If someone wants to write a Freenet plugin for this, please do, I'm only going write the OFF client side one.

You will be running OFF and Freenet at the same time.

It's simple, use Freenet anonymous web pages to select from a list of OFF links, use OFF to download the files.

The advantage is the ability of OFF to swarm on popular content and use direct downloads, and Freenet's ability to keep the poster of OFF file links anonymous.

It's a great combination, Freenet web pages (especially small simple ones) load quickly with little bandwidth used, and OFF can swarm popular blocks for fast downloading.

Some may say this is crazy because the downloads won't be anonymous, but the OFF System makes it possible to transfer file blocks in the open, directly from node to node without worries, since OFF blocks are just random data bytes belonging to no one.

To download a file you copy/paste the OFF link into the same browser you are using for Freenet, and the link is sent locally to the running OFF client and starts the download. (it will get even easier soon, see below for more details)

Uploaders use the OFF client to upload their files then create a very basic, simple and fast loading Freenet web page containing the links to the OFF stored content.

There is no real setup needed for anyone to start downloading today, just run both Freenet and OFF then go look for OFF link pages on Freenet. Then copy/paste the OFF link into a your browser's address bar.

I am currently working on a simple interface for the OFF client side that will let you just click the OFF links on a Freenet web page to start a download. The reason for temporary copy/paste is due to the Freenet proxy filtering html links (and it will continue to do so to keep users safe).

To be safe before the new interface is created, make sure the URL you picked starts with http://localhost:23402/ or so it only goes to the local OFF client. The OFF client checks the rest or the URL to make sure it's valid before using it.

To create and upload a web page to Freenet (aka "freesite") containing OFF links, you use a program called "Jsite" to make it simple and allow you to later update your anonymous freesite when you add more OFF links.

It will only take a few clicks and a little editing to add links after you first create your freesite.

Once your site is uploaded to Freenet, it's available 24/7 even when you aren't running Freenet, and will continue to exist as long as it's being accessed regularly.

Download Jsite from and place it in the install directory for freenet.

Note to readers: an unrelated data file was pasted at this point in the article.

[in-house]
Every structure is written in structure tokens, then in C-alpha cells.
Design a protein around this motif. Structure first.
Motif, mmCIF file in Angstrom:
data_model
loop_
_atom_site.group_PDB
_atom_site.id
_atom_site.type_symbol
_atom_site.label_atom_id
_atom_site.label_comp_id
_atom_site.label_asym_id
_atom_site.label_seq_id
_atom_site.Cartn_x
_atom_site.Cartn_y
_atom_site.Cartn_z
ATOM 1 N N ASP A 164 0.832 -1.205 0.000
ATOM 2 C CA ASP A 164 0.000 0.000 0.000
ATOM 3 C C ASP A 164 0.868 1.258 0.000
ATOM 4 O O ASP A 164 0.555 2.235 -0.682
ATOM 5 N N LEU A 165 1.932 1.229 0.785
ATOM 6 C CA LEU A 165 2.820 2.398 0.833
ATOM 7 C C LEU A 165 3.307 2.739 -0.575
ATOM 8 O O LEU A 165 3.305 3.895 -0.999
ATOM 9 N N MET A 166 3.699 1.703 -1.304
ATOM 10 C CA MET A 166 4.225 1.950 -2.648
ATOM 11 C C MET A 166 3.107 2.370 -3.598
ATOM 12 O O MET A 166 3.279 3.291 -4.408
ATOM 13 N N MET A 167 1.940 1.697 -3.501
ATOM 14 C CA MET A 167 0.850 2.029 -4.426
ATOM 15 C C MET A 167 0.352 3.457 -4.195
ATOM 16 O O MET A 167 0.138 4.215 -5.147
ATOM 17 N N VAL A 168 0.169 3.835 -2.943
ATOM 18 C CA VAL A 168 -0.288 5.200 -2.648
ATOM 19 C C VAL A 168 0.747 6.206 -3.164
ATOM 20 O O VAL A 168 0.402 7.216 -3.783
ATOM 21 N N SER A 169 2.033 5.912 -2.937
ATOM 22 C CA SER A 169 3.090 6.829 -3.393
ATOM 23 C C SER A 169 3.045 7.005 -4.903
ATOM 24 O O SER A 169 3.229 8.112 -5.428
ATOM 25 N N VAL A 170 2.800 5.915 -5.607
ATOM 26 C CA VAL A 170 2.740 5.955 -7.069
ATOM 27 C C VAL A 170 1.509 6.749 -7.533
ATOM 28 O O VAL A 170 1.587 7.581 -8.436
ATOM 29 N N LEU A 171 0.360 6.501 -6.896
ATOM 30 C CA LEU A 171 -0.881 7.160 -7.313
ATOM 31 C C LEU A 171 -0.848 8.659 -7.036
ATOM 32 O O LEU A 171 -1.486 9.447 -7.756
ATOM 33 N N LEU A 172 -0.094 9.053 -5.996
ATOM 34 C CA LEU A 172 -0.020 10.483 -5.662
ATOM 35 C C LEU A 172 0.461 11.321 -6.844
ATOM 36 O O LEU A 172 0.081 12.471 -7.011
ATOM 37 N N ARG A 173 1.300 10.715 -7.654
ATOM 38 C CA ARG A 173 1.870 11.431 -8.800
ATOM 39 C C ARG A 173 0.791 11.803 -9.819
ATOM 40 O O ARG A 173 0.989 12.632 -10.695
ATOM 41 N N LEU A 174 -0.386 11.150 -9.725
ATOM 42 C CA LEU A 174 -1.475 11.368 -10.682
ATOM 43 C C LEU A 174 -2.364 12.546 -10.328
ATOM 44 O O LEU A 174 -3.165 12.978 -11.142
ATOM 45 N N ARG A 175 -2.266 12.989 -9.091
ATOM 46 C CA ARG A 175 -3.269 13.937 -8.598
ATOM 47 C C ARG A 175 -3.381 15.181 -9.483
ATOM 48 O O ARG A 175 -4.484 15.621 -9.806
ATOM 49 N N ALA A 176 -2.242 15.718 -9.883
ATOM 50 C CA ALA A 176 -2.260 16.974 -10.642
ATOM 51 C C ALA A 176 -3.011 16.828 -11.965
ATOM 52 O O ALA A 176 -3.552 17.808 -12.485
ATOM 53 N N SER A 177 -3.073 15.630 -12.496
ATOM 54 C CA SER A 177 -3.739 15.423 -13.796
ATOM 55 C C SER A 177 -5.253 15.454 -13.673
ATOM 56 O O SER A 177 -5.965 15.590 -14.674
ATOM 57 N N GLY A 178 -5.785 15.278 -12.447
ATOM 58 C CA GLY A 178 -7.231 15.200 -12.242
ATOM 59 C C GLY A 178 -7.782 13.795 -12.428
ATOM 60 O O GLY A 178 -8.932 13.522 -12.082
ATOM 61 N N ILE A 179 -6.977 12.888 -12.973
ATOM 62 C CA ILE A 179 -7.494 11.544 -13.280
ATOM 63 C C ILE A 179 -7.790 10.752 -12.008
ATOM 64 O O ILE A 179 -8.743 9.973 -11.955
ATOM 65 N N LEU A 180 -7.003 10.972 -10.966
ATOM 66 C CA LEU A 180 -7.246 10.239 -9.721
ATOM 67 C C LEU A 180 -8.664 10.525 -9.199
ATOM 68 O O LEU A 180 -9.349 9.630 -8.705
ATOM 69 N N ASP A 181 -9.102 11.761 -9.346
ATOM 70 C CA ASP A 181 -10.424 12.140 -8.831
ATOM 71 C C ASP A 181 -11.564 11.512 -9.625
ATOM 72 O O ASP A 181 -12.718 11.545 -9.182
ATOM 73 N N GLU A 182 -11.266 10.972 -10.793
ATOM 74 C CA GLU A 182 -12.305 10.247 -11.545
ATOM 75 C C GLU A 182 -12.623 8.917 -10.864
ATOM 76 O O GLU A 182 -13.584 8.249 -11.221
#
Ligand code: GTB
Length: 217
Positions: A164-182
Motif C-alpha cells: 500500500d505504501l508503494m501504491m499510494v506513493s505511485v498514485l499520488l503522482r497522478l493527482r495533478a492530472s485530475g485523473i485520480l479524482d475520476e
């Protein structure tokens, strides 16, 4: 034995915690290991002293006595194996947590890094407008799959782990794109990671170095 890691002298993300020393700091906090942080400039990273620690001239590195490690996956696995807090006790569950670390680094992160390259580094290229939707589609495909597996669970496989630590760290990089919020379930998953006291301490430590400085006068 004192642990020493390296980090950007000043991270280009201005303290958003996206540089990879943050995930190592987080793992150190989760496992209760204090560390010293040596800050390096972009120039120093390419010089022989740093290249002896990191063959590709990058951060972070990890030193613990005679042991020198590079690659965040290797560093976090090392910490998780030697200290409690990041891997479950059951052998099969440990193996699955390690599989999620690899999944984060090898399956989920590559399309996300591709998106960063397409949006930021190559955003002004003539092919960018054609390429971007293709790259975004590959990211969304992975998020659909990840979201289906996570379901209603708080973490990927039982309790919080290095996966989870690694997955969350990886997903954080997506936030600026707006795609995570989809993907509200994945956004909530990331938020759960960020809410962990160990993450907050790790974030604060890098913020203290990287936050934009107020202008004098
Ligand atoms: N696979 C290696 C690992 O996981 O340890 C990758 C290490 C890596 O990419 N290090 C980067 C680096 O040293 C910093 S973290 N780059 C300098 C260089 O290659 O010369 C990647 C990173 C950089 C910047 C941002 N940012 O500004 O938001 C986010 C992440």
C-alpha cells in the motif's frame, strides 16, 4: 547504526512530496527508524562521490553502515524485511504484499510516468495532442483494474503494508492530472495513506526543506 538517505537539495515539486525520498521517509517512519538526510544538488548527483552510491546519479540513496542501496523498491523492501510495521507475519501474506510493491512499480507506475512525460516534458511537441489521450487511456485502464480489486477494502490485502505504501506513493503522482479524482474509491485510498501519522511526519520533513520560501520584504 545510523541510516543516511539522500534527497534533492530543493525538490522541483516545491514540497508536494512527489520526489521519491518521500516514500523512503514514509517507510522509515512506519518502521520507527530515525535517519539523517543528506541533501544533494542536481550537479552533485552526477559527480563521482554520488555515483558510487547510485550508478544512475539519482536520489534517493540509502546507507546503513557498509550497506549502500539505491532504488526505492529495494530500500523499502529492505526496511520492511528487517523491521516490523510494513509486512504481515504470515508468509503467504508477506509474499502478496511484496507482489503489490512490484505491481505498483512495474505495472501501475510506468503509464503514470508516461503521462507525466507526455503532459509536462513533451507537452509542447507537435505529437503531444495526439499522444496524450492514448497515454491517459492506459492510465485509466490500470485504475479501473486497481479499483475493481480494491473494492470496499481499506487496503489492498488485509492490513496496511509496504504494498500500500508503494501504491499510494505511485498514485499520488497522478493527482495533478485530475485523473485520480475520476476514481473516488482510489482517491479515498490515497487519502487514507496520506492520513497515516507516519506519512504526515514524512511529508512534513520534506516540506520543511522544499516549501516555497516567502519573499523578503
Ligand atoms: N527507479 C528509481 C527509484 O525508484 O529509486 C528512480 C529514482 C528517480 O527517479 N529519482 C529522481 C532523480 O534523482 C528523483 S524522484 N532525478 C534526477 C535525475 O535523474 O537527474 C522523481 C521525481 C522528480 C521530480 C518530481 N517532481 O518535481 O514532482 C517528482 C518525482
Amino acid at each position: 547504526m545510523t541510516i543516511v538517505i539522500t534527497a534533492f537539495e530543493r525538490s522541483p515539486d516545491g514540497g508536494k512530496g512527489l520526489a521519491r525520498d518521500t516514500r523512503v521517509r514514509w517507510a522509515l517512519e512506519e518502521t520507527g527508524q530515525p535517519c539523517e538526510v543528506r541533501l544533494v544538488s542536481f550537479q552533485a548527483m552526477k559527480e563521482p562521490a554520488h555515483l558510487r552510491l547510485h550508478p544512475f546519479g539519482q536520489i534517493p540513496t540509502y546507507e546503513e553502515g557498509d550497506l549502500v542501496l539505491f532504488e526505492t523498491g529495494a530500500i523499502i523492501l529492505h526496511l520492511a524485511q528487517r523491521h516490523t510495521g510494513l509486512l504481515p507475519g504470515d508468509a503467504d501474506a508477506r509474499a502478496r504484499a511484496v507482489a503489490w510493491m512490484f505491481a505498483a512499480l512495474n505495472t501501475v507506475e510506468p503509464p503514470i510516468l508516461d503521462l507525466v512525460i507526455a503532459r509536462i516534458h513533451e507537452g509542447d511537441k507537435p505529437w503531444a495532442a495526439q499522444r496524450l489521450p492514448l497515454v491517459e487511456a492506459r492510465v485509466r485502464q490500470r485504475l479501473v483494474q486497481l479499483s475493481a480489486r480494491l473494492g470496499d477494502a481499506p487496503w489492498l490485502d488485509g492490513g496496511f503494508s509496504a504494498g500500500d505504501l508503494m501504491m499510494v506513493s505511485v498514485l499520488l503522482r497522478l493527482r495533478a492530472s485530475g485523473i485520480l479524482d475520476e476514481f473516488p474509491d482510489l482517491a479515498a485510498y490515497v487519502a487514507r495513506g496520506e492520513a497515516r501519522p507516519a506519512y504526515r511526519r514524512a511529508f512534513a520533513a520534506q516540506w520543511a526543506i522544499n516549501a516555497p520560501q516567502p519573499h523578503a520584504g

Follow the instructions on that link to create your new site.

Yea, it looks a little complicated at first, but just try it, the Jsite program does most of the work and the process is actually really simple.

You can use the simple example below to create your site. Using a text editor (windows users can use Notepad), create a new "index.html" page and save it somewhere the Jsite program can get to. It's probably best to make a new folder for it.

Code: [Select]
    <title>Joe's OFF Links</title>
    <meta name="description" content="OFF Links, Files, Movies, People Walking"/>
I have some cool files for you!
Sept 3, 2008 - Size 17K, gpl.txt
Sept 2, 2008 - Size 2K, something_else.txt
Sept 2, 2008 - Size 1M, people_walking.avi

You can preview your page at any moment, just double-click the “index.html” file, and it'll show up in your browser. Then just hit refresh after making changes.

The OFF links will not be clickable on this page when you preview it. That is correct and it will remain that way. When the new interface is done they will be detected due to the "offsystem" reference and converted on the fly to be clickable.

Posting your URLs like this may take a bit more effort, but it keeps you safer as a uploader and makes it really easy for others to use.

Once you save your new page, follow the Jsite instructions and "insert" the page to Freenet. Jsite will save the freesite's info and let you update it easily when you want to add more OFF links.

You want to keep your freesite as small as possible, and not include any fancy things or images so it loads as fast as possible over Freenet.

Swarming of new and popular content happens because lots of people are trying to get the same blocks at the same time. So remember to add the file size and date as I did in the example so that people will know what links are older and how big the download will be.

The "<br>" is a line break, you can add those as needed.